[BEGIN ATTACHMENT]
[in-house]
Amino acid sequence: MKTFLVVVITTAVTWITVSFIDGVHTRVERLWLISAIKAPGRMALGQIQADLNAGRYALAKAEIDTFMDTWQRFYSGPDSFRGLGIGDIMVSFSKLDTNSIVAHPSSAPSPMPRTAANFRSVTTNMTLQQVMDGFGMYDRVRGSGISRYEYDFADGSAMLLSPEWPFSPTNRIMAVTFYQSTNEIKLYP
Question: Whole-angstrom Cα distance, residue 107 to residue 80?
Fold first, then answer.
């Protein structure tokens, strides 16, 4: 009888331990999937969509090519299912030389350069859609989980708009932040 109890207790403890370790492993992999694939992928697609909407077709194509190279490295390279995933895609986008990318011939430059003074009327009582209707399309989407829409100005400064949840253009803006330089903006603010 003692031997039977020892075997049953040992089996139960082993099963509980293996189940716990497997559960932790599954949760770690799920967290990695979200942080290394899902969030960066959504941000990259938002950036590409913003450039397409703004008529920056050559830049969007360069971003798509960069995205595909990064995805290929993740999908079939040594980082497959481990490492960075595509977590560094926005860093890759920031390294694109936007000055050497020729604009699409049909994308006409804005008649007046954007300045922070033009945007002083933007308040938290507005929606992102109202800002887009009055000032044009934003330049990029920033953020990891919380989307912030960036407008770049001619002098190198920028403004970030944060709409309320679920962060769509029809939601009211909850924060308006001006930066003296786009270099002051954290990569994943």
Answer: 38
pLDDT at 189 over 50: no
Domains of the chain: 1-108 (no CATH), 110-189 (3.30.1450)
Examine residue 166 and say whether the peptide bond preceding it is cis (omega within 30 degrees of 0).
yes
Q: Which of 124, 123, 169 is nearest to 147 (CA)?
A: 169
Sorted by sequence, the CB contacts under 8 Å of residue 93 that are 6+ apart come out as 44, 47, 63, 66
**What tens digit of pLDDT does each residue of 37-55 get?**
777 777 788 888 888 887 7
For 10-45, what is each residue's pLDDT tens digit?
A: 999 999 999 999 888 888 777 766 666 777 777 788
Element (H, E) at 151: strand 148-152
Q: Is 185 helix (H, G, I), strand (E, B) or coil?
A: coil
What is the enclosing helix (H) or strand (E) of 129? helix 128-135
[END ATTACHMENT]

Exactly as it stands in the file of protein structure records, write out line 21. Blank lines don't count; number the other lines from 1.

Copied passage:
What is the enclosing helix (H) or strand (E) of 129? helix 128-135